The Class of 1861: Custer, Ames, and Their Classmates after West Point

Synopsis

Ralph Kirshner has provided a richly illustrated forum to enable the West Point class of 1861 to write its own autobiography. Through letters, journals, and published accounts, George Armstrong Custer, Adelbert Ames, and their classmates tell in their own words of their Civil War battles and varied careers after the war.

Two classes graduated from West Point in 1861 because of Lincoln's need of lieutenants, forty-five cadets in Ames's class in May and thirty-four in Custer's class in June. The cadets range from Henry Algernon du Pont, first in the class of May, whose home is now Winterthur Gardens, to Custer, last in the class of June. "Only thirty-four graduated", remarked Custer, "and of these thirty-three graduated above me". West Point's mathematics professor and librarian Oliver Otis Howard, after whom Howard University is named, is also portrayed.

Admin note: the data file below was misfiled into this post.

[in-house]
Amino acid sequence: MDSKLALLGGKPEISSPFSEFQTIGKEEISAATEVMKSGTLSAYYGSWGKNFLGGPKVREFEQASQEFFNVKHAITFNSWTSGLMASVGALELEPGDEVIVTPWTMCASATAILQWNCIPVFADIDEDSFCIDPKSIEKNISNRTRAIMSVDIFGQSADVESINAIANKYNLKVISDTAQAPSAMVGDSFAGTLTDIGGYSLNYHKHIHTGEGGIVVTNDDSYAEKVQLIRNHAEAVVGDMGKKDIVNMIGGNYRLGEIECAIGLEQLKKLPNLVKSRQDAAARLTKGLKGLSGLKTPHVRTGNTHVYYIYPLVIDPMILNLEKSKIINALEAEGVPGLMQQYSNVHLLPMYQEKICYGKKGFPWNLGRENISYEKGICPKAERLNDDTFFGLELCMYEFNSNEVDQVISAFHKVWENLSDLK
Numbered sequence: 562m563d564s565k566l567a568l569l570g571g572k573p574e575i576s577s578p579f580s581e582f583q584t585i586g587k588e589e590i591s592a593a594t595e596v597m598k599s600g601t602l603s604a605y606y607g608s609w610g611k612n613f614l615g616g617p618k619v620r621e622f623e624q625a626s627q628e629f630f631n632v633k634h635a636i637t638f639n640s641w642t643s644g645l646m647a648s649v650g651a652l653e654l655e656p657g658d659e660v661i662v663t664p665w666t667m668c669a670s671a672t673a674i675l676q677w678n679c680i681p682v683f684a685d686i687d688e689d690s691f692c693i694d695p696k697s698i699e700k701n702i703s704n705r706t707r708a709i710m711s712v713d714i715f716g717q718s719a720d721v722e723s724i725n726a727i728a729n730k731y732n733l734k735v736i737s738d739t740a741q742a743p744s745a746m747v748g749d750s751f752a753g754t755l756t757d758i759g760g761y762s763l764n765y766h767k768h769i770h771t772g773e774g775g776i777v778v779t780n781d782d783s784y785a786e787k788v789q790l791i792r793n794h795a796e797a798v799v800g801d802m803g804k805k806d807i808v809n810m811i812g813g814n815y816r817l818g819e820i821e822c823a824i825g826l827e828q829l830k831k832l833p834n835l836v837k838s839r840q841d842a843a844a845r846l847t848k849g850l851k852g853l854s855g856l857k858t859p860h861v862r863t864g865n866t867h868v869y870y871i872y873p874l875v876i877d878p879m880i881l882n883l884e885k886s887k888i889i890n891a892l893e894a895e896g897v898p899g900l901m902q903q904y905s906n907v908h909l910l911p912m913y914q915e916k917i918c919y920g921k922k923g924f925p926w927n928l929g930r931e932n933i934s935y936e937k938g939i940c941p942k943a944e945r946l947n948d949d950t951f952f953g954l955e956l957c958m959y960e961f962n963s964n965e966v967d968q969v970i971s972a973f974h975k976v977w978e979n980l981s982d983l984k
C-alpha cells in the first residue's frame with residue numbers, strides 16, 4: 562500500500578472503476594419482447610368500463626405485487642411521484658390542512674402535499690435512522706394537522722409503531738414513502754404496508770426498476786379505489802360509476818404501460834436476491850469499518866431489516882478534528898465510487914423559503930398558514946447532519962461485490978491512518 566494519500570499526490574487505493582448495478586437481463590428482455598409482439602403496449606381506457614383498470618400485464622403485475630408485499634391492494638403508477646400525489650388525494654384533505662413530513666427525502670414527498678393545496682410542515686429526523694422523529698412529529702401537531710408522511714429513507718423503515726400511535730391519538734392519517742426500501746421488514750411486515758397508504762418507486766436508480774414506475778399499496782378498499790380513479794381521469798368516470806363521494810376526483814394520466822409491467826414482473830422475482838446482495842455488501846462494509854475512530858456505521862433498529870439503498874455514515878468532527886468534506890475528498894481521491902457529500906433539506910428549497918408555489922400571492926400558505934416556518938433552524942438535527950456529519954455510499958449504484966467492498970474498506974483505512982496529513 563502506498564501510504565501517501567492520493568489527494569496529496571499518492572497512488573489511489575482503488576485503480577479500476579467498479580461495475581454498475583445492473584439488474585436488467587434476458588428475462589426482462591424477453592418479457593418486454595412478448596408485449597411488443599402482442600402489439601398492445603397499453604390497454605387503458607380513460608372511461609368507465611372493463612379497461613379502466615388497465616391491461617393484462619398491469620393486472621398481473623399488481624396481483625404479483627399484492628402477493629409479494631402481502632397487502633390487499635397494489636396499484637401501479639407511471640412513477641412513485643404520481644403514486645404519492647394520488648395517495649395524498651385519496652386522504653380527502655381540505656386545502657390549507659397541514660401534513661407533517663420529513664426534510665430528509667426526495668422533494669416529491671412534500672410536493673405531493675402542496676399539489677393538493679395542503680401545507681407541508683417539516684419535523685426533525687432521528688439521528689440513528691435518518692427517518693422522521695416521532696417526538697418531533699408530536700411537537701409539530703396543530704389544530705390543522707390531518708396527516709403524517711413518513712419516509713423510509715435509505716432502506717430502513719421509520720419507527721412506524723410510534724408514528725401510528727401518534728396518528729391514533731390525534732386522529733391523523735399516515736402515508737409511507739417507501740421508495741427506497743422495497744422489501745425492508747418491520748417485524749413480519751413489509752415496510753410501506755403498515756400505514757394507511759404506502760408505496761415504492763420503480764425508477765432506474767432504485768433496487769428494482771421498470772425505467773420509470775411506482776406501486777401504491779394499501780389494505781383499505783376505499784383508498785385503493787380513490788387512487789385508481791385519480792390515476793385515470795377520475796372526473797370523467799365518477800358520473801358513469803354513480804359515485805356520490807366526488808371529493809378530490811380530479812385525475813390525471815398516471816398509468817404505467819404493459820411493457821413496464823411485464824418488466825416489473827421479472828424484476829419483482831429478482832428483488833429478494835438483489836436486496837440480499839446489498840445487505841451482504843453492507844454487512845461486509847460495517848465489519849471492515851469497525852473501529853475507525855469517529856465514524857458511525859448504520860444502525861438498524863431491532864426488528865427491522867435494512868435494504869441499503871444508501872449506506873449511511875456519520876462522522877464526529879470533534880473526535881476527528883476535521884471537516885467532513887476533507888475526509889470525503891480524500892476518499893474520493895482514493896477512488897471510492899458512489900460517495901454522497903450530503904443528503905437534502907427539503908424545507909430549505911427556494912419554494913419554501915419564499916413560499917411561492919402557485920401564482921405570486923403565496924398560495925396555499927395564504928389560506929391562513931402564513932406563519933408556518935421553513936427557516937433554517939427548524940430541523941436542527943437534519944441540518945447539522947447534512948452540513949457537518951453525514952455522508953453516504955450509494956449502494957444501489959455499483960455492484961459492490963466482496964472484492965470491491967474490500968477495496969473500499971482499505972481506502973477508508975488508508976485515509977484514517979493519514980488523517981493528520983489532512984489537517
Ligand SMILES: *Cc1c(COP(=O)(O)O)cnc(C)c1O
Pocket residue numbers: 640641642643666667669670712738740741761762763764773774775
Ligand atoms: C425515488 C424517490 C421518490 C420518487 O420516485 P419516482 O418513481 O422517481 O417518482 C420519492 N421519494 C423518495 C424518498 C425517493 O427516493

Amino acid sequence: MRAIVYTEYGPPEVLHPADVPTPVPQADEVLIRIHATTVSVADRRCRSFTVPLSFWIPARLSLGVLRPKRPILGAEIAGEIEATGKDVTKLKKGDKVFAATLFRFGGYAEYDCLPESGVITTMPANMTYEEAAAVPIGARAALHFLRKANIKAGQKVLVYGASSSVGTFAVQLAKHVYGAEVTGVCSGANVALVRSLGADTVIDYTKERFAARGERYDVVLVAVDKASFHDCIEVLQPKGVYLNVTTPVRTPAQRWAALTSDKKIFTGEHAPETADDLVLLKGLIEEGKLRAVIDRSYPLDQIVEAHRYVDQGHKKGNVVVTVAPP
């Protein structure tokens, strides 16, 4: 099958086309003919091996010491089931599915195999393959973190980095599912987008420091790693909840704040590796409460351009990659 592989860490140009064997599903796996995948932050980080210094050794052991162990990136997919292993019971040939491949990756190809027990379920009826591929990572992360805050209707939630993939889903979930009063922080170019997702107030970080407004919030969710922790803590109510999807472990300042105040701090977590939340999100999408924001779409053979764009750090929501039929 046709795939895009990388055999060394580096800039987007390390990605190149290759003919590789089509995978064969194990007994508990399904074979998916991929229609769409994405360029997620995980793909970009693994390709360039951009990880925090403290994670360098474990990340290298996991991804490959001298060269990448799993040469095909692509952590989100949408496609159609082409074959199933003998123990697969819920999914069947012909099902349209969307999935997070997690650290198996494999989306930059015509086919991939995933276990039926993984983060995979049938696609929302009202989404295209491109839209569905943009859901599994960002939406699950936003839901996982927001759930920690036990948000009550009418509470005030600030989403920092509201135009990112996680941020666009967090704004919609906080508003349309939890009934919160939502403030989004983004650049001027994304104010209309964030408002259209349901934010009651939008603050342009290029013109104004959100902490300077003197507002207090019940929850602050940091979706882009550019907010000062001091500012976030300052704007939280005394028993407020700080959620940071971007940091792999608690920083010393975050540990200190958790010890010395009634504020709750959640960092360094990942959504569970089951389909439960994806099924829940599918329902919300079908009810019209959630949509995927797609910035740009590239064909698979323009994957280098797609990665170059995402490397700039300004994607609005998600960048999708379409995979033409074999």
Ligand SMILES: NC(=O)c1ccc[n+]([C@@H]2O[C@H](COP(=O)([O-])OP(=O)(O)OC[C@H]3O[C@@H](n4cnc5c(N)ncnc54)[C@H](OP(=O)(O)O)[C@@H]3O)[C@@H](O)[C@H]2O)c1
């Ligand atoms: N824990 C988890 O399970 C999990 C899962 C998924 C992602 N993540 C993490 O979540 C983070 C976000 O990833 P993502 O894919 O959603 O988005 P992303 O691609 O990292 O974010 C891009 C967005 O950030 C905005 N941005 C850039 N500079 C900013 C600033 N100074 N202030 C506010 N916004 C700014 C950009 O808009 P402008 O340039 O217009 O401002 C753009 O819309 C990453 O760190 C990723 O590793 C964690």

Other famous names from the class of 1861 are John Pelham, Emory Upton, Thomas L. Rosser, John Herbert Kelly (the youngest general in the Confederacy when appointed), Patrick O'Rorke (head of the class of June), Alonzo Cushing, Peter Hains, Edmund Kirby, John Adair (the only deserter in the class), and Judson Kilpatrick (great-grandfather of Gloria Vanderbilt). They describe West Point before the Civil War, the war years, including the Vicksburg campaign and the battle of Gettysburg, the courage and character of classmates, and the ending of the war.

Kirshner also highlights postwar lives, including Custer at Little Bighorn; Custer's rebel friend Rosser; John Whitney Barlow, who explored Yellowstone; du Pont, senator and author; Kilpatrick, playwright and diplomat; Orville E. Babcock, Grant's secretary until his indictment in the"Whiskey Ring"; Pierce M. B. Young, a Confederate general who became a diplomat; Hains, the only member of the class to serve on active duty in World War I; and Upton, "the class genius".

The book features eighty-three phot